By Julia Day

An opportunity to break out of conventional thinking and forge new alliances has enticed more than 40 water and sanitation development experts gather in Brighton today for the STEPS Centre’s Water Symposium.

As part of our on-going research in the water and sanitation, Lyla Mehta and Synne Movik have convened this meeting to bring together people with different perspectives in a bid to bridge the divides that are evident in many of the global forums.

During the recent World Water Forum in Istanbul, water and sanitation debates continue to be framed in rather technocratic terms, disconnected from the everyday needs of poor and marginalised women and men. Discussions often tend to be polarised and charged, e.g. revolving around whether water should be considered as an economic good or a human right, whether to adopt private versus public service provision, etc.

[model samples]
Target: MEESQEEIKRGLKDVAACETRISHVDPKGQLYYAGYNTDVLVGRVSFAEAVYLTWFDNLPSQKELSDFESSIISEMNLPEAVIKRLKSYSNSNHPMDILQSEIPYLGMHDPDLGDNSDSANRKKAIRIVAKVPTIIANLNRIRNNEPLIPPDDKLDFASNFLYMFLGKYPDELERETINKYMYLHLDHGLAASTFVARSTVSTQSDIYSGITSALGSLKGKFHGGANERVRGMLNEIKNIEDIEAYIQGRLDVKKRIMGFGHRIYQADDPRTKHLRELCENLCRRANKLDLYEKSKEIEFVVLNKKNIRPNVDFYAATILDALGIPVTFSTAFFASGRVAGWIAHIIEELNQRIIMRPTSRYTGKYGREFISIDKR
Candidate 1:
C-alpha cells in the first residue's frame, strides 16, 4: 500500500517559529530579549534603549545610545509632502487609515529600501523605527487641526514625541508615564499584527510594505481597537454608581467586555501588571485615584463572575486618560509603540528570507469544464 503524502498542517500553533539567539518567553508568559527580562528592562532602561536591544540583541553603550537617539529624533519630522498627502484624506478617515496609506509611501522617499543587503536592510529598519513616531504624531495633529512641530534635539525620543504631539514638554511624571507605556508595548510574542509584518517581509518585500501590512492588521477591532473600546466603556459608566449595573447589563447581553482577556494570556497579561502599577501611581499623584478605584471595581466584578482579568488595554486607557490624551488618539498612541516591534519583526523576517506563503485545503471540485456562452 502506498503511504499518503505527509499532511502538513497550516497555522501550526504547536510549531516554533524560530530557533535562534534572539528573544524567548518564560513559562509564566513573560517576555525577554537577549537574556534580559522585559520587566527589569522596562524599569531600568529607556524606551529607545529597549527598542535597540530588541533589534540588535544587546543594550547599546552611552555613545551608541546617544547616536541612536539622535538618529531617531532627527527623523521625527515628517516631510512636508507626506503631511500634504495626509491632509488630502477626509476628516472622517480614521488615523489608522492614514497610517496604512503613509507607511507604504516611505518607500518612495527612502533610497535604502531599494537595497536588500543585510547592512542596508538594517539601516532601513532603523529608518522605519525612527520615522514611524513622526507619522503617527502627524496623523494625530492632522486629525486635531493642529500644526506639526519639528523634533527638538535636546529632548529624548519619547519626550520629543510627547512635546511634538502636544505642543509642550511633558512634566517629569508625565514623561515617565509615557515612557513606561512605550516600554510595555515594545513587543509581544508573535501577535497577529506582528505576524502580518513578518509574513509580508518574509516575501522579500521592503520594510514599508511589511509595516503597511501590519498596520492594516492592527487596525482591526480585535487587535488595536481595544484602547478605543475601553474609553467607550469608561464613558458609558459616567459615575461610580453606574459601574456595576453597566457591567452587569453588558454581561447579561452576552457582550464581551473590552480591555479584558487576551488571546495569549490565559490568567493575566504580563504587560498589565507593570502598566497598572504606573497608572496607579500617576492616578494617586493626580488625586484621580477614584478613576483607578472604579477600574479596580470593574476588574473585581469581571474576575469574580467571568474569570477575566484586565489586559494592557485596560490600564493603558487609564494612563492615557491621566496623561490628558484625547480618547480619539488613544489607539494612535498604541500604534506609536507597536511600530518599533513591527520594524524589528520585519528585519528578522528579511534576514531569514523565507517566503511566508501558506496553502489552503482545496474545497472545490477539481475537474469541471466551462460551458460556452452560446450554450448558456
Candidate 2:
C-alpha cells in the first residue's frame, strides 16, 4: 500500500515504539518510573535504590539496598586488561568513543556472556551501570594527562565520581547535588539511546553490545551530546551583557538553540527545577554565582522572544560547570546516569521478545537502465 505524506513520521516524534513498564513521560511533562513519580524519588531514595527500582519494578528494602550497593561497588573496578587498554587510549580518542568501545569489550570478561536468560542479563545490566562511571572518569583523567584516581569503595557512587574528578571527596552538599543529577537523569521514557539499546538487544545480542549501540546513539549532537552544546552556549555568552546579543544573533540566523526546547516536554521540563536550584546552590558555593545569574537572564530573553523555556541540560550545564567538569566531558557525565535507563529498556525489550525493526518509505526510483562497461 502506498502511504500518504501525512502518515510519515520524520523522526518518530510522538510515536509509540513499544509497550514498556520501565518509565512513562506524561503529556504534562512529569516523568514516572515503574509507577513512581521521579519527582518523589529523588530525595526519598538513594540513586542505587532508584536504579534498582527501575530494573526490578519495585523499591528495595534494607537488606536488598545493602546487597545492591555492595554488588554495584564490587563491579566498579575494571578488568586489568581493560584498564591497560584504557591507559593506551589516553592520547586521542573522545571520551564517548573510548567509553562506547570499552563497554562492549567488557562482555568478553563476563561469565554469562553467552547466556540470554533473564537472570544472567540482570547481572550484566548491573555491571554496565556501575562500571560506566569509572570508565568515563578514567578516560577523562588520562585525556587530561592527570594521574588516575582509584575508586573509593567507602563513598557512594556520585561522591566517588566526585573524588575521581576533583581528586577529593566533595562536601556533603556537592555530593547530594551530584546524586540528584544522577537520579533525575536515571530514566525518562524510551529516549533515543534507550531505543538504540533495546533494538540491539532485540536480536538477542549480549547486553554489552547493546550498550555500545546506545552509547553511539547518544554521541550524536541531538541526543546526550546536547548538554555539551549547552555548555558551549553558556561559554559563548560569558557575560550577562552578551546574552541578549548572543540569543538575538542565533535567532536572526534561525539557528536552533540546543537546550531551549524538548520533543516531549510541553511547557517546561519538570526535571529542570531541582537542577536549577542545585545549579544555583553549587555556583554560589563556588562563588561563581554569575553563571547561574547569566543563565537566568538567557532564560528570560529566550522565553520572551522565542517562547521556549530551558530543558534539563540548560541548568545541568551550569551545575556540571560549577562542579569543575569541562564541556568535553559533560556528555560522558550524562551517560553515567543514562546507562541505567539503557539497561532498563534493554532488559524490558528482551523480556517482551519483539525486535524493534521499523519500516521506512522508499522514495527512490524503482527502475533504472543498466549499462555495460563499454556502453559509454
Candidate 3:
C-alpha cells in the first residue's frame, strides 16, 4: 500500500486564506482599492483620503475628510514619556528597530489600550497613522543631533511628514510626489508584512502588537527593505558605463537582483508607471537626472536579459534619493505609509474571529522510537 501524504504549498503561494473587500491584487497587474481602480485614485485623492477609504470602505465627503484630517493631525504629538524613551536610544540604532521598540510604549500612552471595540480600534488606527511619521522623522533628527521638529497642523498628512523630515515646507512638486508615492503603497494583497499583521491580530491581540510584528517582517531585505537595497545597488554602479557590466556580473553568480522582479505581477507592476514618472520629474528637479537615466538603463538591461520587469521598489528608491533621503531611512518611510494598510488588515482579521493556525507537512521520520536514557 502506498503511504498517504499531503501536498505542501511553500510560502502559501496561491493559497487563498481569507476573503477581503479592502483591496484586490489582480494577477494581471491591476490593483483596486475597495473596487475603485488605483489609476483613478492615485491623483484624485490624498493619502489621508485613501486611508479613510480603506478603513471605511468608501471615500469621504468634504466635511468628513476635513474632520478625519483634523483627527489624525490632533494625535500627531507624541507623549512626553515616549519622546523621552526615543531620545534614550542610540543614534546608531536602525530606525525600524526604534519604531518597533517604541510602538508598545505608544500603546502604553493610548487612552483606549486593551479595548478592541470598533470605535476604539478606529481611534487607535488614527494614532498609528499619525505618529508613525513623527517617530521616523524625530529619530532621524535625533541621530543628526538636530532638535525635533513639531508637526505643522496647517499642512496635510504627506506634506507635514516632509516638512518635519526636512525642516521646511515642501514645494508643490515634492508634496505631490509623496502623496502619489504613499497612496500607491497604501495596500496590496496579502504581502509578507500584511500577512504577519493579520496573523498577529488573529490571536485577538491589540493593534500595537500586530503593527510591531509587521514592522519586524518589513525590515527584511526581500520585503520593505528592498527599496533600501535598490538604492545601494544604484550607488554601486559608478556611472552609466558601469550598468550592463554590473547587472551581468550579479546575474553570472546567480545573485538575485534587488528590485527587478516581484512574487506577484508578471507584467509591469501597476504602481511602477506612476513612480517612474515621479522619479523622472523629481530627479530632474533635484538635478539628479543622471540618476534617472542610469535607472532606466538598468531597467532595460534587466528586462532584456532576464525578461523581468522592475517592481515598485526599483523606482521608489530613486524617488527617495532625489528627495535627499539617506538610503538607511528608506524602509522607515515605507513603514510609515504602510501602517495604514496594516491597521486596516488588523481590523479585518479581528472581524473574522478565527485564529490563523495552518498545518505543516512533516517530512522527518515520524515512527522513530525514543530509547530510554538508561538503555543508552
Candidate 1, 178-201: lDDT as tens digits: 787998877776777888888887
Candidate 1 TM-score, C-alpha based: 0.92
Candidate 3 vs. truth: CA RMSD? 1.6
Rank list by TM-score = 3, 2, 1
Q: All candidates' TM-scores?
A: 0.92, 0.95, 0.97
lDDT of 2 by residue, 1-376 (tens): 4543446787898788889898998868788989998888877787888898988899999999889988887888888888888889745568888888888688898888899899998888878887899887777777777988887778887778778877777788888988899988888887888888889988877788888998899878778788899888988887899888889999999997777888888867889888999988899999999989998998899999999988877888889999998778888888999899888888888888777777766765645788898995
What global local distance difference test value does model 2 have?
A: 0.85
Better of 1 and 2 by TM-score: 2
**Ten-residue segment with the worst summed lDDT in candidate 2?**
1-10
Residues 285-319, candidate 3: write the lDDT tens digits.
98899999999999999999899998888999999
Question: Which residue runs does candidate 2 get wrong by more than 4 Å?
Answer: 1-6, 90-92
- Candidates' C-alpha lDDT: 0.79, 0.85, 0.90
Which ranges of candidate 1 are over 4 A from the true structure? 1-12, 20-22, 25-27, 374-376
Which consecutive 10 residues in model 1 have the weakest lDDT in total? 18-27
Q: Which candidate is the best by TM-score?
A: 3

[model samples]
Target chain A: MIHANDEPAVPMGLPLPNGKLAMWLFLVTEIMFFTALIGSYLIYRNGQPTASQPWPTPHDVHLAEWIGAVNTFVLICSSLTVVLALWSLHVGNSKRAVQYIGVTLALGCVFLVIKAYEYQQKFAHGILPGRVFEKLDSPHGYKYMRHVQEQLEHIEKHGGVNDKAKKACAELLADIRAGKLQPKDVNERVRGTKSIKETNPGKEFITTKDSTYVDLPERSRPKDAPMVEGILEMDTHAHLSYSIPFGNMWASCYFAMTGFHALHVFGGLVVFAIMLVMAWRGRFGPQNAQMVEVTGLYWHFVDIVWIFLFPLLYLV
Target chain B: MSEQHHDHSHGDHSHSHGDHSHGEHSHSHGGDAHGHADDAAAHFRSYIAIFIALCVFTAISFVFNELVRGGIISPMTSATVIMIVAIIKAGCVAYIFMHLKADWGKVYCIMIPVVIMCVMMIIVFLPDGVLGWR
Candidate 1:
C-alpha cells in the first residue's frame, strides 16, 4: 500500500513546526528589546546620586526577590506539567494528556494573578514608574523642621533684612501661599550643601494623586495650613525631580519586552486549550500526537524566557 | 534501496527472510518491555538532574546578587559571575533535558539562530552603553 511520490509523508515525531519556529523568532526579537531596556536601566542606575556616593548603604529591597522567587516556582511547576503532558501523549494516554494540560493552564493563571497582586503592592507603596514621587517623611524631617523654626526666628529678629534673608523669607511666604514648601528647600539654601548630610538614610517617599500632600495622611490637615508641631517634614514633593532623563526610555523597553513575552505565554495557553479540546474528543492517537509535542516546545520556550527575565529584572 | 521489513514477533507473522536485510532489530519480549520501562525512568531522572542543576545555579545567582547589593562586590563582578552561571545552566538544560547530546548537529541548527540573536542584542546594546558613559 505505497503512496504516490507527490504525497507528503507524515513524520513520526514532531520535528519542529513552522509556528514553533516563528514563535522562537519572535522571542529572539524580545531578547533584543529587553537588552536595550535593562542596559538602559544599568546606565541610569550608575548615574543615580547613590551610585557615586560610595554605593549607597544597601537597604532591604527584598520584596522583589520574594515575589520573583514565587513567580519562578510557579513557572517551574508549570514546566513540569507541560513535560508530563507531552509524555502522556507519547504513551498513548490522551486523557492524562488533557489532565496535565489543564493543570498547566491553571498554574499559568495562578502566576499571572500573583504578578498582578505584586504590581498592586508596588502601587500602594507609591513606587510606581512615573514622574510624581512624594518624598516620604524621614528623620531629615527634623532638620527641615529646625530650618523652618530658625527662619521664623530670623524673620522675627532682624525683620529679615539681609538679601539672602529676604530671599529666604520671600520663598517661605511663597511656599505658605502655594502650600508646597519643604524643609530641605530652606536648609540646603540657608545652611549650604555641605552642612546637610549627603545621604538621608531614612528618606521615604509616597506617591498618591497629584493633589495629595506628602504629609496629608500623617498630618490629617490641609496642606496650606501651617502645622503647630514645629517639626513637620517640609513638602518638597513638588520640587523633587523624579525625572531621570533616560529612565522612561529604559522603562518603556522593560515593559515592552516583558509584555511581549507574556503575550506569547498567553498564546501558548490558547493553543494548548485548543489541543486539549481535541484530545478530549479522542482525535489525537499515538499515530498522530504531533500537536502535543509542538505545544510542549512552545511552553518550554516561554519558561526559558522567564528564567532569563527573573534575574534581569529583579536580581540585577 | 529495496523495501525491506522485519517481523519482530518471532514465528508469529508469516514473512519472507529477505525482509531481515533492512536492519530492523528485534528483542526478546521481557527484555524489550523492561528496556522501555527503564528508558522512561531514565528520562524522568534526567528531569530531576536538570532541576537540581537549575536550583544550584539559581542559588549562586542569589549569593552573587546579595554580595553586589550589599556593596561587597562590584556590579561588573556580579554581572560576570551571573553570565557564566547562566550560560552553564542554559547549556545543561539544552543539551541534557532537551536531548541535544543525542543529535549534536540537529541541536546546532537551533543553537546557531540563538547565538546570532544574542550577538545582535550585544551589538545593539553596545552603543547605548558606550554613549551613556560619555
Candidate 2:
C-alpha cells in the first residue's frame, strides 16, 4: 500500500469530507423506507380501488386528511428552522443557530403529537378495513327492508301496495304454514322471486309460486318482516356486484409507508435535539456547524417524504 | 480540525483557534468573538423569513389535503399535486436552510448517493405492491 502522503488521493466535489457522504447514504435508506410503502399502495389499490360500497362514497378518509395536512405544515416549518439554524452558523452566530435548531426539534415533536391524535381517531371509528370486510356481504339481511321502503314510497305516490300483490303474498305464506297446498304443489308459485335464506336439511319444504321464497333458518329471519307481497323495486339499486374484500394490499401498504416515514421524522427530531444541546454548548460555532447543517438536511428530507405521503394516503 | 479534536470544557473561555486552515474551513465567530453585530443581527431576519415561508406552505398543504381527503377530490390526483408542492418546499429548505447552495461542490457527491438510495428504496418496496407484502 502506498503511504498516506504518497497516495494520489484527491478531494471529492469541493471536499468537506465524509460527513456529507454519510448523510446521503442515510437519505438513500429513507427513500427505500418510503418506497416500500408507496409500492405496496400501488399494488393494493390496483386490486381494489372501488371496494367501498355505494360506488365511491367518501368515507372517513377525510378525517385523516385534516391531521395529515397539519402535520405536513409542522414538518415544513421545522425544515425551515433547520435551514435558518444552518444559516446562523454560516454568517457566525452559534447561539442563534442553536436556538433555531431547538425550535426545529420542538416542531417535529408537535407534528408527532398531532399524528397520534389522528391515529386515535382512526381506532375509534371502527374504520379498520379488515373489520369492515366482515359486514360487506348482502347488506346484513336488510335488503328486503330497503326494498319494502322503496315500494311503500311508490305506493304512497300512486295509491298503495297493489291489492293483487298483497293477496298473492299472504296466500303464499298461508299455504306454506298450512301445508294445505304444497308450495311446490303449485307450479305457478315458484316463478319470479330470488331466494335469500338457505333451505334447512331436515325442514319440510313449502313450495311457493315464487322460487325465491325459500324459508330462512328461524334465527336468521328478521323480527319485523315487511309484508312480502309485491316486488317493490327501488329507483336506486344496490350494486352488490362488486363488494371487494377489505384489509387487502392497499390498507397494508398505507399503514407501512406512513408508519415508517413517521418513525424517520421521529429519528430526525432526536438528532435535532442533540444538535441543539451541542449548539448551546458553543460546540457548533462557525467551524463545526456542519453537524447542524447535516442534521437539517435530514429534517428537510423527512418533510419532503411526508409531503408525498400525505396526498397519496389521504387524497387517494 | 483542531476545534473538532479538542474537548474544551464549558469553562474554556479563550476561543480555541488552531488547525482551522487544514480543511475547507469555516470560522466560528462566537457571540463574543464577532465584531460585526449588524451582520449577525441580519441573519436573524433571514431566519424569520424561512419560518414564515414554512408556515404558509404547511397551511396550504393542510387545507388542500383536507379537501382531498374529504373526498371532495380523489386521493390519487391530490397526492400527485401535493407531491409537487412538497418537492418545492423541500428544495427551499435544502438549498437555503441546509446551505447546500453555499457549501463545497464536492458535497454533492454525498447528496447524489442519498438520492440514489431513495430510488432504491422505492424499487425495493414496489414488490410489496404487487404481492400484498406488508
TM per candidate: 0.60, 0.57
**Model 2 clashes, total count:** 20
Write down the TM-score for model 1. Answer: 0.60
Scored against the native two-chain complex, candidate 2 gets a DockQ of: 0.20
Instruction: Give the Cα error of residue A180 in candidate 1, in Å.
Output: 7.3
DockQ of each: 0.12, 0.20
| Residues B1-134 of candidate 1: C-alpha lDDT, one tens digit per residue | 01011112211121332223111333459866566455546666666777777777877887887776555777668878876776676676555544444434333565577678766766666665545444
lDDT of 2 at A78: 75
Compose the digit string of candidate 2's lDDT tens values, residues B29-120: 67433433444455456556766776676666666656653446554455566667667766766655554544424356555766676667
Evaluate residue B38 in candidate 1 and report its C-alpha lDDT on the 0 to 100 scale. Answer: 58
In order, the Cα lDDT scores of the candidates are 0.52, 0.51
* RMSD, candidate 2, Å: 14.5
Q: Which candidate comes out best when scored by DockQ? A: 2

How can we break free of such conventional framings and polarisations, and start thinking more creatively around issues of access, complexity, uncertainty and governance in water and sanitation, bearing in mind health and agriculture linkages?

We believe there is a need for more interdisciplinary engagement on current hot topics such as water/sanitation and climate change and the water and sanitation ‘crisis’. We also need to encourage ‘blue sky’ thinking in terms of research, analysis and action as well as to explore avenues for future research areas and collaborative efforts.

By critically examining uncertain dynamics, governance and learning/appraisal challenges in key policy areas such as climate change, urbanisation and water and sanitation governance, we hope to collectively start to address how alternative pathways can be found that meet the needs of the marginalised in a sustainable and just way.